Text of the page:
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  • So I read that you should start videos on YouTube with a strong, exciting intro. Something

  • that will wow and excite people unfamiliar with your work and reward those already familiar

  • with it. So I'm going to start this one with some titillating disclaimers. How much

  • more exciting could this intro be! So, first up, I'm a straight, white, cis

  • man living in a world ruled by straight white cis men. I have every privilege in the world,

  • and you should bear that in mind when I discuss issues of representation.

  • Secondly, I really like the Bechdel test as a litmus test of the general state of representation

  • in the Film industry. It's useful, insightful and easy to apply to films. When I criticise

  • elements of the so called test I do so only in relation to how it is used.

  • With those scintillating disclaimers out of the way I want to discuss the Bechdel test.

  • For those unfamiliar with the Bechdel test it was a set of rules described in Alison

  • Bechdel's comic strip 'Dykes To Watch Out For' that has become a symbol of and

  • a tool for feminist critique of films. The three rules that make up the test are as follows.

  • 1. The film has to have at least 2 women in it who 2. Talk to each other 3. About something

  • besides a man. What is so wonderful about this test, and the reason it has endured as

  • an idea until this point, is that it sounds like a low bar to pass until you actively

  • interrogate it in relation to films you're familiar with. The requirements to pass the

  • test are simple, concise and yet a shockingly low number of films actually pass, even today.

  • Flip these rules on their head and it's hard to think of a movie that would fail.

  • So obviously I like the Bechdel test, obviously I think it's useful, it's relevant and

  • it has a place in discussion about film. But I have four issues with how people use it.

  • Problem 1. It's not a test for sexist films This may sound a little odd, but the Bechdel

  • test - a test often used as shorthand for feminist critique of a film - is not, and

  • shouldn't be used as, a test to see if a film is sexist. Take the recent, excellent,

  • Moonlight. It fails the test. I don't know anyone that would accuse the film of sexism

  • for failing that test because Moonlight is a story about a boy becoming a man. It isn't

  • concerned with anyone except the people that specifically interact with Chiron. He doesn't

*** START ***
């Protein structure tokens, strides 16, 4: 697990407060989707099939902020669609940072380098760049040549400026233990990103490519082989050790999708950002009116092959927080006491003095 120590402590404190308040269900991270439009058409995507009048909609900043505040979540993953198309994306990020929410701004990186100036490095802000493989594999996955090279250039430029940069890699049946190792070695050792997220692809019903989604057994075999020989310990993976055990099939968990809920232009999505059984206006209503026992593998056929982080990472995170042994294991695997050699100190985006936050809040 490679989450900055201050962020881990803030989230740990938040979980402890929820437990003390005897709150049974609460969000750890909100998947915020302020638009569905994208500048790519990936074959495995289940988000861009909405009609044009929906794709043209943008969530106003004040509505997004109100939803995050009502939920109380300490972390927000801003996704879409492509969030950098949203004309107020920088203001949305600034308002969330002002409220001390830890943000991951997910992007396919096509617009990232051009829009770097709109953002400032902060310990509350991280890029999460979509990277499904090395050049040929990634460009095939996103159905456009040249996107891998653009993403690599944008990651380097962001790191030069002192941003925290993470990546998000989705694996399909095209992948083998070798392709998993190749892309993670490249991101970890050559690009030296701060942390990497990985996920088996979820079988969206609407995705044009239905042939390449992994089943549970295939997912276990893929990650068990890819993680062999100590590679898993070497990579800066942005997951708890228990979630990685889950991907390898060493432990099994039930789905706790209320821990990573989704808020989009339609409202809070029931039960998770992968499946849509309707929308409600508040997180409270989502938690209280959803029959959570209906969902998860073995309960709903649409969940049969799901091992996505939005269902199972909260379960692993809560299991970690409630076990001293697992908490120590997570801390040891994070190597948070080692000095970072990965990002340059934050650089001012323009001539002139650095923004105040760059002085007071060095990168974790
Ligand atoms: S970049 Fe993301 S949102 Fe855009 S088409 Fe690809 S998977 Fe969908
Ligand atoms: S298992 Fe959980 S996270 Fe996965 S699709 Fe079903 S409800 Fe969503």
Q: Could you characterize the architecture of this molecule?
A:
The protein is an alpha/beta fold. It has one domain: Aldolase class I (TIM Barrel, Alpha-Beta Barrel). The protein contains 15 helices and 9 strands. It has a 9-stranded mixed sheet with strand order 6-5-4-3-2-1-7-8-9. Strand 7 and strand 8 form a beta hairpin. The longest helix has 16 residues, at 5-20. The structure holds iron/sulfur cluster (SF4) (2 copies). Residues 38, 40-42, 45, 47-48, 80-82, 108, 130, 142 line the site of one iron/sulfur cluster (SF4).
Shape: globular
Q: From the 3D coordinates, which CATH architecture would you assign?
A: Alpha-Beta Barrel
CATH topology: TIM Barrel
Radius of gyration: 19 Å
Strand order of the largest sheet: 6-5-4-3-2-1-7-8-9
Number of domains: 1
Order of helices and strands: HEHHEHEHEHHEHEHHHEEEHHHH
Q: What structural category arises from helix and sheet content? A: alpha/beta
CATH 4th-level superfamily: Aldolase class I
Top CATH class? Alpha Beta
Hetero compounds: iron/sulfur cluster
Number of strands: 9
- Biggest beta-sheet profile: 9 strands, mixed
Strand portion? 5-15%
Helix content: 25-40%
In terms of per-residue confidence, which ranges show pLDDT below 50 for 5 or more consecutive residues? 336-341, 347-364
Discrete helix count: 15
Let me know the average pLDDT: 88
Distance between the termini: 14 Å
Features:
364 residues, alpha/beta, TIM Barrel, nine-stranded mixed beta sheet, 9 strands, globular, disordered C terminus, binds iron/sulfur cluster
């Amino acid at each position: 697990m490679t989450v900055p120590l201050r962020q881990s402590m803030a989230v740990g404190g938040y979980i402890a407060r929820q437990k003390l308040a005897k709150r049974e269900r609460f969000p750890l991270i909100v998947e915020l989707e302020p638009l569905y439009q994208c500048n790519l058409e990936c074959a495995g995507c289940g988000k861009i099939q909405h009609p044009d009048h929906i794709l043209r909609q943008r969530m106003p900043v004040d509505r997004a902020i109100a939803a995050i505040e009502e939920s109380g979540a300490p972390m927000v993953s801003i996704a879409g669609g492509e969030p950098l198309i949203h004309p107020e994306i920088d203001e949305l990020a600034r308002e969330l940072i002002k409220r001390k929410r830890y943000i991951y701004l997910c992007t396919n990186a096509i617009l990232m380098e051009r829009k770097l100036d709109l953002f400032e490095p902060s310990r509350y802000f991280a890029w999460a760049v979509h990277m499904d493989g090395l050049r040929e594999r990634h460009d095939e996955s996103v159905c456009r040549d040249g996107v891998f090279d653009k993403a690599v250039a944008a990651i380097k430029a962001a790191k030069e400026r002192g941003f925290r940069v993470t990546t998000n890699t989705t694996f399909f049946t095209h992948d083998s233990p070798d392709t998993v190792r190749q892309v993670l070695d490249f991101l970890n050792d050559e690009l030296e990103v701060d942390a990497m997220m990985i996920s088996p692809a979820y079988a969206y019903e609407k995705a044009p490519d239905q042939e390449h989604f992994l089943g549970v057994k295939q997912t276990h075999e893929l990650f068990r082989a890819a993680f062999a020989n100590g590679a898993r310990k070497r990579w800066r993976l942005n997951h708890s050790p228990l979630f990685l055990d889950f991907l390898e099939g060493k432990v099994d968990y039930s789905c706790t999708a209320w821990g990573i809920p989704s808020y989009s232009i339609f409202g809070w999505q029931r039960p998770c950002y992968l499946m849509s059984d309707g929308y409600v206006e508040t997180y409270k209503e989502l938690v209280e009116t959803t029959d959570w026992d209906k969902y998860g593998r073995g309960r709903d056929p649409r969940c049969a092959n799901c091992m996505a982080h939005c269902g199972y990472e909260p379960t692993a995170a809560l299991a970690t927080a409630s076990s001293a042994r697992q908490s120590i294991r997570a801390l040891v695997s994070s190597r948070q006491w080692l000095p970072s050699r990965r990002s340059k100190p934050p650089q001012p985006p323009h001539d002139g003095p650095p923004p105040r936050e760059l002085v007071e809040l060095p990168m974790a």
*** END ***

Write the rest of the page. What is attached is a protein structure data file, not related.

• have many positive role models and only one of them is a woman, and choosing not to focus

  • on those women is an appropriate way to handle the story being told. I don't think having

  • some of those female characters talk with each other would have hurt the film, but Moonlight

  • focused tightly on what was essential for the narrative and leaving such a potential

  • scene out doesn't leave the film lacking in any major way.

  • If we take the Bechdel test as a requirement we would exclude many important and even blatantly

  • feminist works such as the fascinating Orlando. The Bechdel test as requirement would exclude

  • Orlando, a film written and directed by a woman, adapted from a book from arguably the

  • most famous proto-feminist writer, Virginia Woolf, and starring Tilda Swinton in a role

  • only she could play. That last part isn't really relevant, but if you've seen it it

  • really is perfect casting, I genuinely don't think anyone else could have played the role.

  • My point is that Moonlight failing the test does not make it a sexist film and Orlando

  • failing it doesn't rob it of its distinctly feminist perspective nor should it be seen

  • to damage any feminist arguments it implicitly or directly makes.

  • If all of this seems obvious, great, but I wanted to bring up this issue because it seemingly

  • isn't obvious to many. I saw a professional critic on broadcast television say that Blade

  • Runner 2049 was sexist because it failed the test. Firstly he was wrong, it's generally

  • accepted that it did in fact pass the test, but more importantly that it supposedly failed

  • doesn't and wouldn't explain why the film was sexist. It was a film that was dominated

  • by male actors, male voices and male perspectives, but that doesn't make the film itself sexist.